Michael Eric Dyson addresses the Georgetown community in a lecture titled, "No Dreams Deferred?" Professor Dyson is an outspoken scholar who exploded on to the national scene in a public dispute with Bill Cosby over poverty and the black underclass- Georgetown University
John J. DeGioia
Since graduating from Georgetown University in 1979, John J. DeGioia has served both as a senior administrator and as a faculty member at the school. On July 1, 2001, he became Georgetown's 48th president.
Dr. DeGioia is a professorial lecturer in the Department of Philosophy. He earned a bachelor's degree in English from Georgetown University in 1979 and his PhD in Philosophy from the University in 1995. He has most recently taught "Ethics and Global Development," "Human Rights: A Culture in Crisis," and a seminar on "Ways of Knowing."
Prior to his appointment as president, Dr. DeGioia held a variety of senior administrative positions at Georgetown, including senior vice president, responsible for university-wide operations, and dean of student affairs. In 2004, he was presented with a Lifetime Achievement Award for Excellence in Academia from the Sons of Italy.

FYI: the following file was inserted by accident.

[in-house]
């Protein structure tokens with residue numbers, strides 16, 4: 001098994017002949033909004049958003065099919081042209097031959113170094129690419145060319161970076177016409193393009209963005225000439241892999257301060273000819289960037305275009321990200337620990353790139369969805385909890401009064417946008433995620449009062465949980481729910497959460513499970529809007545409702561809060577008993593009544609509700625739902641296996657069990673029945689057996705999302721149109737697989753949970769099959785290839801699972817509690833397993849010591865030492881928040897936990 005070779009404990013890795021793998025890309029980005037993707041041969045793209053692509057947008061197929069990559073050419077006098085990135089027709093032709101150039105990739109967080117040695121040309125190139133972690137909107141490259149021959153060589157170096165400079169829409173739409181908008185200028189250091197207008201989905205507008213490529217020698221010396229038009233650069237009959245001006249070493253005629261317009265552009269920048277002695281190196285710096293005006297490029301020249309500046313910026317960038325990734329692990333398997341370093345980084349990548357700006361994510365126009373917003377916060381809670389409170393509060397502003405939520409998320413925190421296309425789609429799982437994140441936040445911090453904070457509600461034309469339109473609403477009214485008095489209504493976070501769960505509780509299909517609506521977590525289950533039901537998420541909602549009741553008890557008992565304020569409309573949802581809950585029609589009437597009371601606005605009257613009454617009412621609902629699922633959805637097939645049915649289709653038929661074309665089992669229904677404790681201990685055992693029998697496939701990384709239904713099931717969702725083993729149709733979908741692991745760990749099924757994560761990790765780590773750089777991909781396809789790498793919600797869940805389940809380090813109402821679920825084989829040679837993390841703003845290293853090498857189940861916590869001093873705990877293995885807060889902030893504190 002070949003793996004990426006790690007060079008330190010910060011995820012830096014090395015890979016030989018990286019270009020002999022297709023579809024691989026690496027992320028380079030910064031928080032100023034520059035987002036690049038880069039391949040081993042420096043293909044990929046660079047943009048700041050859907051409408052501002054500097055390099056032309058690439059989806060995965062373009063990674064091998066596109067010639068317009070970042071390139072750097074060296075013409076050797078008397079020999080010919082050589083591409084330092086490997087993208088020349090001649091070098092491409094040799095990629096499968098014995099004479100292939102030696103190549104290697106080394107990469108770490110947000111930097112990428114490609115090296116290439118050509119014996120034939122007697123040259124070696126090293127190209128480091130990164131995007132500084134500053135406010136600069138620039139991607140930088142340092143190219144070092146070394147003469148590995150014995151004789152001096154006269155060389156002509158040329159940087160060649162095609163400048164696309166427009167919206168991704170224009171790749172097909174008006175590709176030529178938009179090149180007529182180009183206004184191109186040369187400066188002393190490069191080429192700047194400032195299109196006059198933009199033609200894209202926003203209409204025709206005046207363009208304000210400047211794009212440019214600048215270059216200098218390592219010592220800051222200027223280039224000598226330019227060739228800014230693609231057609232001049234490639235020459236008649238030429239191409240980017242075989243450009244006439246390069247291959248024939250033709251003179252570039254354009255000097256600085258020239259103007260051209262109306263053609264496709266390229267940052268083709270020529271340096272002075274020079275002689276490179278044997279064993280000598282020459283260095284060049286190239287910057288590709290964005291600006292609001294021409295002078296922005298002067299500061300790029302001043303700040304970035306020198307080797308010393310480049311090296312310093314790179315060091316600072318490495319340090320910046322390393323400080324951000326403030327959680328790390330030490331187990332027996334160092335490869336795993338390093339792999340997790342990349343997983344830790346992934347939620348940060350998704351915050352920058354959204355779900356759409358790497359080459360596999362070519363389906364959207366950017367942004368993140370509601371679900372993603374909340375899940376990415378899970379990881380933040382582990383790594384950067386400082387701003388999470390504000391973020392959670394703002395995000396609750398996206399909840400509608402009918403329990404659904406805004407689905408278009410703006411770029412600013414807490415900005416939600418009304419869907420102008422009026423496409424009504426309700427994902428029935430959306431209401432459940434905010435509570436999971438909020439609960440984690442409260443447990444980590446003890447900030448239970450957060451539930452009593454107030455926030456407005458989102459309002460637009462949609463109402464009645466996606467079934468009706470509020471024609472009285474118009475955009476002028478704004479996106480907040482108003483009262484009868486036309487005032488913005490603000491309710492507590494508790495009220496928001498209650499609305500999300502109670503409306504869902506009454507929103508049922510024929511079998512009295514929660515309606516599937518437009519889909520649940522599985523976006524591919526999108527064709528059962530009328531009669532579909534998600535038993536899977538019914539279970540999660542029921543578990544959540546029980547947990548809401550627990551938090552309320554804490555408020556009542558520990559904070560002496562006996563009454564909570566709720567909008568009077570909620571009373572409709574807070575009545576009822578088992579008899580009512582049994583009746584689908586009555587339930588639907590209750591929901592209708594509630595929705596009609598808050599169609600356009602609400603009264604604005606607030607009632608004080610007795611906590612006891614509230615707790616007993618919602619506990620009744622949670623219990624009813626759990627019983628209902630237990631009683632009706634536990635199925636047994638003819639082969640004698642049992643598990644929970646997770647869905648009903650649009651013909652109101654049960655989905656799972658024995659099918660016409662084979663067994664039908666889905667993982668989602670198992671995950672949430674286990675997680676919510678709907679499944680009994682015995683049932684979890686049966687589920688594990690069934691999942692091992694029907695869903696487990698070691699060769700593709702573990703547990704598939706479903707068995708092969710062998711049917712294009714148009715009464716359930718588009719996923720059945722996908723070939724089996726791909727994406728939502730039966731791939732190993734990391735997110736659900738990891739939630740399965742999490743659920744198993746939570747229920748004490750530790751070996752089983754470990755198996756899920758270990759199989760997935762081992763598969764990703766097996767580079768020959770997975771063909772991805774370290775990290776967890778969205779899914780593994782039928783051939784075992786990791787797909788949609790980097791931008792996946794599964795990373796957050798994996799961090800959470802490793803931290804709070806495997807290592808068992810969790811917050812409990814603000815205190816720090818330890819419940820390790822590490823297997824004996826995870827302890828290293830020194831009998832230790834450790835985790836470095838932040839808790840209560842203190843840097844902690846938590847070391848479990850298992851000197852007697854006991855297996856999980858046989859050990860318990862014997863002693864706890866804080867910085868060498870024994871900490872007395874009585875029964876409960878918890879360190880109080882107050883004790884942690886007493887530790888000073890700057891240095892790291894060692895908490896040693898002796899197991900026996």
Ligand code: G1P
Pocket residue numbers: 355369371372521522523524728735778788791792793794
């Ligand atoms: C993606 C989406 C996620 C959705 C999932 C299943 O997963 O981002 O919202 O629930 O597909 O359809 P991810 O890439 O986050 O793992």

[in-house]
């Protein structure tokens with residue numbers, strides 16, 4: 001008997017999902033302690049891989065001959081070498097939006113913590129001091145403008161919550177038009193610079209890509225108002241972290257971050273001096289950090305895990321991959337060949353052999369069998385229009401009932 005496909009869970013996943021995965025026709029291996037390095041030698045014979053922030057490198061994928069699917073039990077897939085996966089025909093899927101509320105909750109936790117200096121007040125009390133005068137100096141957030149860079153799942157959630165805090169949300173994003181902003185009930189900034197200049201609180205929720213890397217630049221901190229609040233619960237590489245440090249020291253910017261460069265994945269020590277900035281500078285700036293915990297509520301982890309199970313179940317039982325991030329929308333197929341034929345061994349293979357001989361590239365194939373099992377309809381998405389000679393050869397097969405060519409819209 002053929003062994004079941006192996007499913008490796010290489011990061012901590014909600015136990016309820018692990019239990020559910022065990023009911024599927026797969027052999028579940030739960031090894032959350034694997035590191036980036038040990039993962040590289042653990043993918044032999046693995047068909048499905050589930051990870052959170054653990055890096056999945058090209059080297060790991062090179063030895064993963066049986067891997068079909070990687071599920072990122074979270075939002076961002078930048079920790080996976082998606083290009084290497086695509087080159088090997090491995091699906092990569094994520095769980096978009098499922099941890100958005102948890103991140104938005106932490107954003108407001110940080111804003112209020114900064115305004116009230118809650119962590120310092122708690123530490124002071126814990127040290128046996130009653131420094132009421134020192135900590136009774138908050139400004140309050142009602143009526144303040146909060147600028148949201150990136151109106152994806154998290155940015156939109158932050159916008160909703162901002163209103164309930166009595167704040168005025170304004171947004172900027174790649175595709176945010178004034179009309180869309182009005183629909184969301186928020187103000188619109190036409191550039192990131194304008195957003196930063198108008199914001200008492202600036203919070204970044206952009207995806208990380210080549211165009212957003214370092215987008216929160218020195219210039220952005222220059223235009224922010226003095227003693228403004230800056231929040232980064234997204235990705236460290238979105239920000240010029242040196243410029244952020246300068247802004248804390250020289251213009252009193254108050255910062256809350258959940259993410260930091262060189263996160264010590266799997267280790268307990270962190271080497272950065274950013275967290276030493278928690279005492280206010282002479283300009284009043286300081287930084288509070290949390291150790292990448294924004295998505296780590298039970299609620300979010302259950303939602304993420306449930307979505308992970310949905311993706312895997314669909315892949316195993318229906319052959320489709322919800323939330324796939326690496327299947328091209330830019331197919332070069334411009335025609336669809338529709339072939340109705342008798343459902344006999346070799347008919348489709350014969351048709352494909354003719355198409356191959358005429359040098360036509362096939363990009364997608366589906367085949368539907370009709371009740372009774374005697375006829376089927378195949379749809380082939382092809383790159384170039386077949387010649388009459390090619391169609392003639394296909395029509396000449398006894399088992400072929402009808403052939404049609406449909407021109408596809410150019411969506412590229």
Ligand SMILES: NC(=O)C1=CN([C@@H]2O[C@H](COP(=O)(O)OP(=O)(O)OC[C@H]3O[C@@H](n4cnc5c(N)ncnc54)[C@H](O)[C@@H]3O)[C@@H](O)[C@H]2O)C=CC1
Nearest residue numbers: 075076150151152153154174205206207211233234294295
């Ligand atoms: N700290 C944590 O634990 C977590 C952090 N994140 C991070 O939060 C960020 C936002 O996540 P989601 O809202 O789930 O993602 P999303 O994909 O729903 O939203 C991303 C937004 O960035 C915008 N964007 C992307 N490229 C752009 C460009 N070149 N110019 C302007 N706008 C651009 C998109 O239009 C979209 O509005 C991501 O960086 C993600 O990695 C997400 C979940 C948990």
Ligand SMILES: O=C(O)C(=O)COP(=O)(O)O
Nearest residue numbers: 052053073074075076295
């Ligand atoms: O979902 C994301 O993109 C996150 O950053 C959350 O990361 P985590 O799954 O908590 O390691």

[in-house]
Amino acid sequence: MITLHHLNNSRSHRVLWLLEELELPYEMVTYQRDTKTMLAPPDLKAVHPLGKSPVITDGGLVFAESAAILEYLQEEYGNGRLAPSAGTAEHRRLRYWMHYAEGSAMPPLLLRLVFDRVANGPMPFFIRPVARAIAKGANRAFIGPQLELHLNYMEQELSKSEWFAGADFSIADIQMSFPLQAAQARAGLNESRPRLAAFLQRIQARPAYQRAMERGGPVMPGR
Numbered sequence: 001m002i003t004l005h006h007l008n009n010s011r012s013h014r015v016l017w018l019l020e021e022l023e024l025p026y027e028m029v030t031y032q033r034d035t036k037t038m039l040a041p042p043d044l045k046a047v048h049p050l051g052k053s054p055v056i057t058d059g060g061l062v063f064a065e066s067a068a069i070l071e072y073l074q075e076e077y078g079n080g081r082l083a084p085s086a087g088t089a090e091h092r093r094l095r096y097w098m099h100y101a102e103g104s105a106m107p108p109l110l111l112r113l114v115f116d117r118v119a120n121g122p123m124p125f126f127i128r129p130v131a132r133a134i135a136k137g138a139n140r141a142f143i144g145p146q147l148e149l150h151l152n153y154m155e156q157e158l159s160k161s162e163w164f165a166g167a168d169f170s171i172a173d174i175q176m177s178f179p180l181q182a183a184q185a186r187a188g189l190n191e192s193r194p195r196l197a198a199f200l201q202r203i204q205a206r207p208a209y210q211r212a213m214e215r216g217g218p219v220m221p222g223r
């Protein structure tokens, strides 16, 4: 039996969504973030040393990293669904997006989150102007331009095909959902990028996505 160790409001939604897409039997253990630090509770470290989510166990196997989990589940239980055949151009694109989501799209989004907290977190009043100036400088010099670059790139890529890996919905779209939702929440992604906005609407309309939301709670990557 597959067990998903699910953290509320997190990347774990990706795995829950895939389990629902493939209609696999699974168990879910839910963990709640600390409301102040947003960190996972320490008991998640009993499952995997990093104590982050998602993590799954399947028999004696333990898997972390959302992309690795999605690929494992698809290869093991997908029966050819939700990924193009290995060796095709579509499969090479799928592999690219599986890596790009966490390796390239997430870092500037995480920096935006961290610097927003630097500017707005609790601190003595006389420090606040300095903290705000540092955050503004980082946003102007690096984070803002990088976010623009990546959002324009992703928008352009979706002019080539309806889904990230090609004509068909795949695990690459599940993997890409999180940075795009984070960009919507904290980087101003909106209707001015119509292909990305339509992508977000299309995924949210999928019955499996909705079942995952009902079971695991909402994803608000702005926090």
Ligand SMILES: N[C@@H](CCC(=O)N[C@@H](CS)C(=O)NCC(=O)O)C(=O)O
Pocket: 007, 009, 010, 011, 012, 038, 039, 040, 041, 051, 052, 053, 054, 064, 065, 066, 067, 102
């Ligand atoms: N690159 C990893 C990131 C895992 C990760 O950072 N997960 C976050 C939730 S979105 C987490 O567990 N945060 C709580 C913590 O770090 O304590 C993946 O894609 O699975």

Michael Eric Dyson
Michael Eric Dyson, named by Ebony as one of the hundred most influential black Americans, is the author of sixteen books, including Holler if You Hear Me, Is Bill Cosby Right? and I May Not Get There With You: The True Martin Luther King Jr. He is currently University Professor of Sociology at Georgetown University. He lives in Washington, D.C.
Michael Eric Dyson cites an AP poll that shows some white democrats will not vote for Barack Obama because he is black to refute claims that America is a post-racial society. He argues that post-racial would deny people their identity and that a post-racist society is a better aspiration.
Michael Eric Dyson says that the sermons Martin Luther King delivered in black churches had a very different tone than his published speeches more commonly remembered. He says that if King were alive today, he would be comparable to Reverend Jeremiah Wright.
Michael Eric Dyson reflects on the famous "I Have a Dream" speech says MLK is often "celebrated for the end of that speech, but few people remember the beginning of that speech" that railed against specific injustices before he improvised the inspirational final words.